Digital Games (FW2011 – Section 1)

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Exaggeration in Game Culture

Several video games elicit childlike and playful experiences that involve exaggerated movements and expressions. Various exaggerated features such as character movements, expressions and actions, provide viewers and players senses of comedy, possibility and nostalgia. These exaggerations reflect elements of expressionism, theatre acting and animation and are readapted into the game culture, which exemplify Sergei Eisenstein ‘s notion of Plasmaticness, the freedom to assume any form; freedom from ossification.

Video games such as Wario Ware and Rayman Raving Rabbids exemplify cute caricatures with exaggerated expressions and actions and engage players’ participation and movements. For example, the rabbits in Rayman Raving Rabbids all posses abnormally large mouths with two big front teeth and also exhibit childlike expressions of naivety and mischievousness. When the player character is in direct or indirect physical contact with the rabbits, they scream in an adorable way that produces giggles and laughter in users and viewers.  These sound effects and movements encourage players to continue their actions that induce these sounds. Not only the expressions, but also the actions that are asked of the players to act on the characters are also exaggerated. In Wario Ware, for example, players are often asked to do some exaggerated movements to get the characters on the screen to do the same movements: whether it is the speed with which someone run or dramatic waves that fan the monster away. These movements create a sense of limitlessness in which everything seems to be possible. Every little action counts.


The exaggerations that these characters exhibit resonates with several historical animation concepts and furthermore some aspects of the art movement expressionism. Animations often use exaggerations to convey meaning, humor and possibilities of action. These exaggerations help bring characters to life and it is a dominant style in snimatino. According to Eisenstien, the “plasmaticeness” in animation speaks of an utopian language, in which it class for freedom from ossification and “rejection of once and forever allotted form” (Miller, 2003).  The freedom of any form accentuates how animation can be anything and can convey any message it wishes to convey. Some video games communicate similar messages. For example, the above games consist of series of mini-games that ask players to learn the movements in a steep but also natural learning curve. Every individual mini-game produces humor, exaggerations on expressions, and bizarre movements. These are distorted and exaggerated realties in which expressionism is used for emotional effect.  However, whereas expressionist artists wish to capture their own emotional responses of the world around them, video games help provoke players’ emotions through these anti-naturalistic, dramatic but oddly cute caricatures.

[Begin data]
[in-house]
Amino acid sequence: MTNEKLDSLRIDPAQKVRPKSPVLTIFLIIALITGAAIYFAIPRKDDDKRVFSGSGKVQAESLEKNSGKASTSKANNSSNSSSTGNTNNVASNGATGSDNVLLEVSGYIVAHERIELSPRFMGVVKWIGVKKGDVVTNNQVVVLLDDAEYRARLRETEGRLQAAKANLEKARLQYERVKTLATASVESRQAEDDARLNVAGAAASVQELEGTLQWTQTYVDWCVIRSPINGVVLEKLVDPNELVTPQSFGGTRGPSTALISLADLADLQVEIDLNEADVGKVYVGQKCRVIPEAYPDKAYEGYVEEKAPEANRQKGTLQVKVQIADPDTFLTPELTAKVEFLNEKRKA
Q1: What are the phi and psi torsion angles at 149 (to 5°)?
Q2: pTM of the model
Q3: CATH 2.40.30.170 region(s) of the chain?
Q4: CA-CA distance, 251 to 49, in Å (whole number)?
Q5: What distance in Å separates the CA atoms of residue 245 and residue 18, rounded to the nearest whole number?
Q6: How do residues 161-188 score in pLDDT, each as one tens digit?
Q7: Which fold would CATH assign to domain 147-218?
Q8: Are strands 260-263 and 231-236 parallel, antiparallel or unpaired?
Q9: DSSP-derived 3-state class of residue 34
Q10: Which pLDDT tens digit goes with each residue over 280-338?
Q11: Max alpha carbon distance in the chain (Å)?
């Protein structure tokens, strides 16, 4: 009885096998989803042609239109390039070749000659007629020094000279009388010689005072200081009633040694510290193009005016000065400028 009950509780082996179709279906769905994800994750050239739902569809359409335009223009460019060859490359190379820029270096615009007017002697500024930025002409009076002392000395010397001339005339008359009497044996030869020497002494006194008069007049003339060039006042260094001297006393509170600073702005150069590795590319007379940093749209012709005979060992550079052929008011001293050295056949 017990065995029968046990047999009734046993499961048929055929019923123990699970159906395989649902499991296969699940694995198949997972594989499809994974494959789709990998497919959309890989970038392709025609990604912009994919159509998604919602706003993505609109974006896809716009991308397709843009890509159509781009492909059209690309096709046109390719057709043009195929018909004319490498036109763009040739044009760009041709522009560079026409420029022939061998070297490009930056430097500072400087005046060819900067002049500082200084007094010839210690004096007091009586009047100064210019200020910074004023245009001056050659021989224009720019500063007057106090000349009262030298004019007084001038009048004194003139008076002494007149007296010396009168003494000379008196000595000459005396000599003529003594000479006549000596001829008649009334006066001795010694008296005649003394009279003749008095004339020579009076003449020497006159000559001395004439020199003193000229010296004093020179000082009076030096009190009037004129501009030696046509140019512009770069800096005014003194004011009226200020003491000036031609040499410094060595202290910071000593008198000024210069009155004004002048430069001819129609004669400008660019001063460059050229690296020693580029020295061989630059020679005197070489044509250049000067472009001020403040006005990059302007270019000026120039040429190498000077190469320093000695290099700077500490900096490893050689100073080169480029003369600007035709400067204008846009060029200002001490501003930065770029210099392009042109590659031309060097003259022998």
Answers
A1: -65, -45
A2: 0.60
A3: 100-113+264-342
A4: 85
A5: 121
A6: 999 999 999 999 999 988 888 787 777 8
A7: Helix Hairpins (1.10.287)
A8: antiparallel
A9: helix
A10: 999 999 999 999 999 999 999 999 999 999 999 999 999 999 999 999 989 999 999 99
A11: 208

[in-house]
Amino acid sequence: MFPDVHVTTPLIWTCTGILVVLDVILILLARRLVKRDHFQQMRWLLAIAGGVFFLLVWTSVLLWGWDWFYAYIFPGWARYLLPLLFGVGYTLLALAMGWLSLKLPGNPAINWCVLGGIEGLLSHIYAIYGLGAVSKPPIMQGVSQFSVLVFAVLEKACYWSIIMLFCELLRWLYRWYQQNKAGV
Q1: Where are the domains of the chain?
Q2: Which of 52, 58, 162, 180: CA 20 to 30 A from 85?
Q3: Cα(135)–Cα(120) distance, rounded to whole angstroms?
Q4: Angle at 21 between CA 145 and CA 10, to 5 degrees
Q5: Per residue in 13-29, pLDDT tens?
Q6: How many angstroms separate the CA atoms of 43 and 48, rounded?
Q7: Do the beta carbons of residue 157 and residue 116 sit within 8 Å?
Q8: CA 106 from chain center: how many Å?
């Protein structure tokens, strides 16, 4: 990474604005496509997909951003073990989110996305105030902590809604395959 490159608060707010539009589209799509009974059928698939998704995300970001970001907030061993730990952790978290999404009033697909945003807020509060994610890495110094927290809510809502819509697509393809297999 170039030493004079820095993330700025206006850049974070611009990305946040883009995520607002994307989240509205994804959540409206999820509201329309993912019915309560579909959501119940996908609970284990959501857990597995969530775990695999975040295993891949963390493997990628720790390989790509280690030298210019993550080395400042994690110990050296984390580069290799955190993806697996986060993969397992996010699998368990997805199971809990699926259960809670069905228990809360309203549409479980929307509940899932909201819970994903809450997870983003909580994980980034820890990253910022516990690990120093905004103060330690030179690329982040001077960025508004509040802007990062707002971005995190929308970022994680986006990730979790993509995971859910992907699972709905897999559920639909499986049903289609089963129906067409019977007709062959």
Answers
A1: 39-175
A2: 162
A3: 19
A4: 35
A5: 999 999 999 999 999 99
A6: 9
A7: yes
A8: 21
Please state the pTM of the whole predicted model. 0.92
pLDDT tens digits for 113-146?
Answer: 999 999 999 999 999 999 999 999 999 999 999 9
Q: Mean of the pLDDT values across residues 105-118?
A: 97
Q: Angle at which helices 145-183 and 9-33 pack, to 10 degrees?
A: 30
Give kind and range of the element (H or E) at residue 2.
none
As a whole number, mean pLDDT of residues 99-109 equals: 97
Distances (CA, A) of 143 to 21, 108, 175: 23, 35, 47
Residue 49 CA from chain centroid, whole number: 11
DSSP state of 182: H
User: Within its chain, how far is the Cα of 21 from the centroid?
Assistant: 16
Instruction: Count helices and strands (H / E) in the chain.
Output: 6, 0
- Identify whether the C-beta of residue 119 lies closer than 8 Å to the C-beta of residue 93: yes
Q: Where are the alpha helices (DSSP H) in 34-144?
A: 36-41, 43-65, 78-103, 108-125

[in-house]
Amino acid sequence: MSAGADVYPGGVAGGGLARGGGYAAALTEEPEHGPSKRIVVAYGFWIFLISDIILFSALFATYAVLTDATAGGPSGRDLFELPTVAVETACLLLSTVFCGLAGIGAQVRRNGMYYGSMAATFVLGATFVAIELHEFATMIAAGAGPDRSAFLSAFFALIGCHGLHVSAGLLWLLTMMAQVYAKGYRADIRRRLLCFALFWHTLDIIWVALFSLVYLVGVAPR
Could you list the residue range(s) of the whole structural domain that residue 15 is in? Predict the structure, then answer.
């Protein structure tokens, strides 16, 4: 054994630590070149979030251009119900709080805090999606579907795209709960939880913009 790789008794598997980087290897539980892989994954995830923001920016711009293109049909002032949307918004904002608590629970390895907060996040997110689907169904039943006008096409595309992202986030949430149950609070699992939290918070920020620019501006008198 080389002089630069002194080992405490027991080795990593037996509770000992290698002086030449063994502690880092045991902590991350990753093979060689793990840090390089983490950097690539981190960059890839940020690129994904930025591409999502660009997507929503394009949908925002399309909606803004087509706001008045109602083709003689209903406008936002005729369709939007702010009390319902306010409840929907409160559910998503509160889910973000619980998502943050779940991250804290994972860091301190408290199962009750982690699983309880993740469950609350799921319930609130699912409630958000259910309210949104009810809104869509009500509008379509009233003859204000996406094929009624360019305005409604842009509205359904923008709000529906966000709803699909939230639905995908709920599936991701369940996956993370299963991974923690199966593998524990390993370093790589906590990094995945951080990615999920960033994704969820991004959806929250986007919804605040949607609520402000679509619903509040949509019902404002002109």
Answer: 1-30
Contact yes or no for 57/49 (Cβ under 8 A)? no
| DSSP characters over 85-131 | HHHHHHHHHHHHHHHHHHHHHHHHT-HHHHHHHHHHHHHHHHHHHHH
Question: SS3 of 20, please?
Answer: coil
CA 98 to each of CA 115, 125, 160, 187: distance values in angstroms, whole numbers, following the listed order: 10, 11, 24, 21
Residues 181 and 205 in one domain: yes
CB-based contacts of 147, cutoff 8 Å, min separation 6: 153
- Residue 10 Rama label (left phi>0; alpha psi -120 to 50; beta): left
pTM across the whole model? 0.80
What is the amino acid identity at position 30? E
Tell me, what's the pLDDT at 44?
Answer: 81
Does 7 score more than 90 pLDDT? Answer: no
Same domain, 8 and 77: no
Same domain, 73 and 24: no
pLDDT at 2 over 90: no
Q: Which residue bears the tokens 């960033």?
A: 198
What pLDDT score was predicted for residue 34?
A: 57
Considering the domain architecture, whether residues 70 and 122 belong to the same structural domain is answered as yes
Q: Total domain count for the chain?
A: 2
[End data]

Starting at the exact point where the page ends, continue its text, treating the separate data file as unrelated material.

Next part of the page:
The freedom of expression, the plasmaticness, and the humor that these caricatures carry assist this aspect of video game culture to reside in a ‘feel safe’ and seemingly fluid community.  This relaxed and childish state calls for a nostalgic sensation where cartoons were the world, the possibility of the impossible, and the fun. Video games conceive of these concepts and adapt exaggerations to allow players to interact with the caricatures in their exaggerated world. The exaggerations enhance the experience of playing and engage players to temporarily immerse in the placimaticness as the escaped real.


Miller, M. (2002).  Animation. The University of Chicago Theories of Media. Retrieved from <>

Nintendo (2007). WarioWare: Smooth Moves.

Ubisoft Inc. (2006). Rayman Raving Rabbids.

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